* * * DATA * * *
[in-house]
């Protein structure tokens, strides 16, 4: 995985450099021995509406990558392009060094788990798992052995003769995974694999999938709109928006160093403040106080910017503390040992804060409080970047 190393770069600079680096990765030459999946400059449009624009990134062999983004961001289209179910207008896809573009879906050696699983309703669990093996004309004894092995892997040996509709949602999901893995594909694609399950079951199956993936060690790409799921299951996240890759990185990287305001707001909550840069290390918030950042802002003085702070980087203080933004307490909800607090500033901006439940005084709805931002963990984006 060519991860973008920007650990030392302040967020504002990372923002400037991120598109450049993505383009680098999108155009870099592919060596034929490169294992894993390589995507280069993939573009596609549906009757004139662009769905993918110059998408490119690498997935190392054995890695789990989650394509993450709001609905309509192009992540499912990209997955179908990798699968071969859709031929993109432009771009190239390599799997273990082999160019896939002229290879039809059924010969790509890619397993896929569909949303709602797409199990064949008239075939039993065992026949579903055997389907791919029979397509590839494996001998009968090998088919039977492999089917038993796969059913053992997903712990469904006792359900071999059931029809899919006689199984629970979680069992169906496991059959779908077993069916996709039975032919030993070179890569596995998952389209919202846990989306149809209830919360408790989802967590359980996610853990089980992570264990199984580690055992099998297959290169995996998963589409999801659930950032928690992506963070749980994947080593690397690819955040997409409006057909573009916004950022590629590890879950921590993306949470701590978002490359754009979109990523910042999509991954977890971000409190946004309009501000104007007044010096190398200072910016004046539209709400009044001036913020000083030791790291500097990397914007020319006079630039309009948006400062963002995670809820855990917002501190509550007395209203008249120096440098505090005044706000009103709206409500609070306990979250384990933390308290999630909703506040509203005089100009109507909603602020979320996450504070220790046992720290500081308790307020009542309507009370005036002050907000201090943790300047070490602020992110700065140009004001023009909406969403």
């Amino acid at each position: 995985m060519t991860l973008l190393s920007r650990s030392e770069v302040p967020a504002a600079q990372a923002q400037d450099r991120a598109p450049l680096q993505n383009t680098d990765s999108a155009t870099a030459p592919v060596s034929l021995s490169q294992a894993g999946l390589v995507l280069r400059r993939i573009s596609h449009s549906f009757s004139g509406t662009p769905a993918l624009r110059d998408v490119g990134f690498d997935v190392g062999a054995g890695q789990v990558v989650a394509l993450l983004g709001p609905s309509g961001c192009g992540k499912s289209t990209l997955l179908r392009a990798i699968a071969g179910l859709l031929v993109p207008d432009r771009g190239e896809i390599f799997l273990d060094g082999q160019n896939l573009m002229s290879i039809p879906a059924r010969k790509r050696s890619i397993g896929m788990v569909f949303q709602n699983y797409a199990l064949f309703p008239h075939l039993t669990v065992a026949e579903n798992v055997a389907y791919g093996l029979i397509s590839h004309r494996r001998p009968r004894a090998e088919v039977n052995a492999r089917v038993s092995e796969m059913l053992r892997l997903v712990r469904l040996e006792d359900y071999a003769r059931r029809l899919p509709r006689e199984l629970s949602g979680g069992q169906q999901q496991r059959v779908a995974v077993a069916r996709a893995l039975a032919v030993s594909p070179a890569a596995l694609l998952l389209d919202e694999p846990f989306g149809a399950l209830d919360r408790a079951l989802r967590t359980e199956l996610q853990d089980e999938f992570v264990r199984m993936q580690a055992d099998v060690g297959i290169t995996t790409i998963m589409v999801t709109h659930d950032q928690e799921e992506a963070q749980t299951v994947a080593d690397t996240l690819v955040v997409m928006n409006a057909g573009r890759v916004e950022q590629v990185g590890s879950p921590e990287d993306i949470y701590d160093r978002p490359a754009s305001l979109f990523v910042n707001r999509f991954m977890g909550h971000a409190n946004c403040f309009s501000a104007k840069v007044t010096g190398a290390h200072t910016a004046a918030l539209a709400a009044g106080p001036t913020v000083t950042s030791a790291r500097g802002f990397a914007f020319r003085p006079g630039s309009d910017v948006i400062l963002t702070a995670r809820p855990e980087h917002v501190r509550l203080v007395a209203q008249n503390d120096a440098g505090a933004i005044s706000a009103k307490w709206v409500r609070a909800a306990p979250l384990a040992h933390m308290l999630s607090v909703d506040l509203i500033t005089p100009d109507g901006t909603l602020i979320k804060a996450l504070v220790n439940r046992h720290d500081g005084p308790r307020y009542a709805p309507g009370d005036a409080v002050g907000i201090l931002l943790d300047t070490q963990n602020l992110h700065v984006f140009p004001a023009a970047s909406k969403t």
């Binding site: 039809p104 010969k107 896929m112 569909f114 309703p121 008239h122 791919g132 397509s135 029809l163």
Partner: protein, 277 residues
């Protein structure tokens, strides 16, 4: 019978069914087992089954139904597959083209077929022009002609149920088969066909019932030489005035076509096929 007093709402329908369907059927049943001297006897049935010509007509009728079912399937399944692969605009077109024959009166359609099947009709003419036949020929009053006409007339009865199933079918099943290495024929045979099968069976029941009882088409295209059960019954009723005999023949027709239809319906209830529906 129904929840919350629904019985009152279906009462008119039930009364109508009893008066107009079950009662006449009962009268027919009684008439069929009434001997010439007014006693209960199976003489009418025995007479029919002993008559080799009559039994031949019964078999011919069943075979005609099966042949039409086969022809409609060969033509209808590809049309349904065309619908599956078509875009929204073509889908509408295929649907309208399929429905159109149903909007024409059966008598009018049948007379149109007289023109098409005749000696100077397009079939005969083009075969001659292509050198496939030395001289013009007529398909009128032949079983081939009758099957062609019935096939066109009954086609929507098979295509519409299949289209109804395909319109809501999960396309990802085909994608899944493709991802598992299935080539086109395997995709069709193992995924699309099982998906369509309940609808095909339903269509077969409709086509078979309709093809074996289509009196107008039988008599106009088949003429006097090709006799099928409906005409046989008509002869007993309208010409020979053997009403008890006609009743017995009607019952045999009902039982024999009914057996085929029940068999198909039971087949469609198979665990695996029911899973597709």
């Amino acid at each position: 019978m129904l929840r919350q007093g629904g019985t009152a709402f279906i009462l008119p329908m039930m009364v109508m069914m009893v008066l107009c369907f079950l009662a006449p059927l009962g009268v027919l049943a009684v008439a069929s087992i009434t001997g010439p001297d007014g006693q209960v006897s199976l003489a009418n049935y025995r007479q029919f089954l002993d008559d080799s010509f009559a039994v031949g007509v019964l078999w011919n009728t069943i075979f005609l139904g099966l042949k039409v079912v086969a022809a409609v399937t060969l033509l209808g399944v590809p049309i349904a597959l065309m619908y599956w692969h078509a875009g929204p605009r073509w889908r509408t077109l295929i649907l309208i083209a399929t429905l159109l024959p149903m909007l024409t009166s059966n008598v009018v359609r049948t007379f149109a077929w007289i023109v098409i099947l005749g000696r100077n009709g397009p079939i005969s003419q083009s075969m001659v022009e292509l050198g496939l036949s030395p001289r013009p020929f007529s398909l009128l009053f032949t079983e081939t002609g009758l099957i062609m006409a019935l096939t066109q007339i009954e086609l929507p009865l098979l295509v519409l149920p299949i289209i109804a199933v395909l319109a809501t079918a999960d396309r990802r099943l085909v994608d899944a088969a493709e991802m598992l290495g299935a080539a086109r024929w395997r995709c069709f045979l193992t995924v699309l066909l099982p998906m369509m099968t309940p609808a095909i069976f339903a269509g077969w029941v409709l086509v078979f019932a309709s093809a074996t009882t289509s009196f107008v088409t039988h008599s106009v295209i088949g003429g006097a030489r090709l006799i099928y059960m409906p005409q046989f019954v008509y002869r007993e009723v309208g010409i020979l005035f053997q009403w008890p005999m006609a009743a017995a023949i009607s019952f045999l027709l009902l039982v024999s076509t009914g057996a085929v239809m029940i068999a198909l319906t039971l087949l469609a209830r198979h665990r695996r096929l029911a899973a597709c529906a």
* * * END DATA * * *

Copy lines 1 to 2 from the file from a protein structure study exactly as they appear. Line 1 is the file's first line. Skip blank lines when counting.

[in-house]
């Protein structure tokens, strides 16, 4: 995985450099021995509406990558392009060094788990798992052995003769995974694999999938709109928006160093403040106080910017503390040992804060409080970047 190393770069600079680096990765030459999946400059449009624009990134062999983004961001289209179910207008896809573009879906050696699983309703669990093996004309004894092995892997040996509709949602999901893995594909694609399950079951199956993936060690790409799921299951996240890759990185990287305001707001909550840069290390918030950042802002003085702070980087203080933004307490909800607090500033901006439940005084709805931002963990984006 060519991860973008920007650990030392302040967020504002990372923002400037991120598109450049993505383009680098999108155009870099592919060596034929490169294992894993390589995507280069993939573009596609549906009757004139662009769905993918110059998408490119690498997935190392054995890695789990989650394509993450709001609905309509192009992540499912990209997955179908990798699968071969859709031929993109432009771009190239390599799997273990082999160019896939002229290879039809059924010969790509890619397993896929569909949303709602797409199990064949008239075939039993065992026949579903055997389907791919029979397509590839494996001998009968090998088919039977492999089917038993796969059913053992997903712990469904006792359900071999059931029809899919006689199984629970979680069992169906496991059959779908077993069916996709039975032919030993070179890569596995998952389209919202846990989306149809209830919360408790989802967590359980996610853990089980992570264990199984580690055992099998297959290169995996998963589409999801659930950032928690992506963070749980994947080593690397690819955040997409409006057909573009916004950022590629590890879950921590993306949470701590978002490359754009979109990523910042999509991954977890971000409190946004309009501000104007007044010096190398200072910016004046539209709400009044001036913020000083030791790291500097990397914007020319006079630039309009948006400062963002995670809820855990917002501190509550007395209203008249120096440098505090005044706000009103709206409500609070306990979250384990933390308290999630909703506040509203005089100009109507909603602020979320996450504070220790046992720290500081308790307020009542309507009370005036002050907000201090943790300047070490602020992110700065140009004001023009909406969403």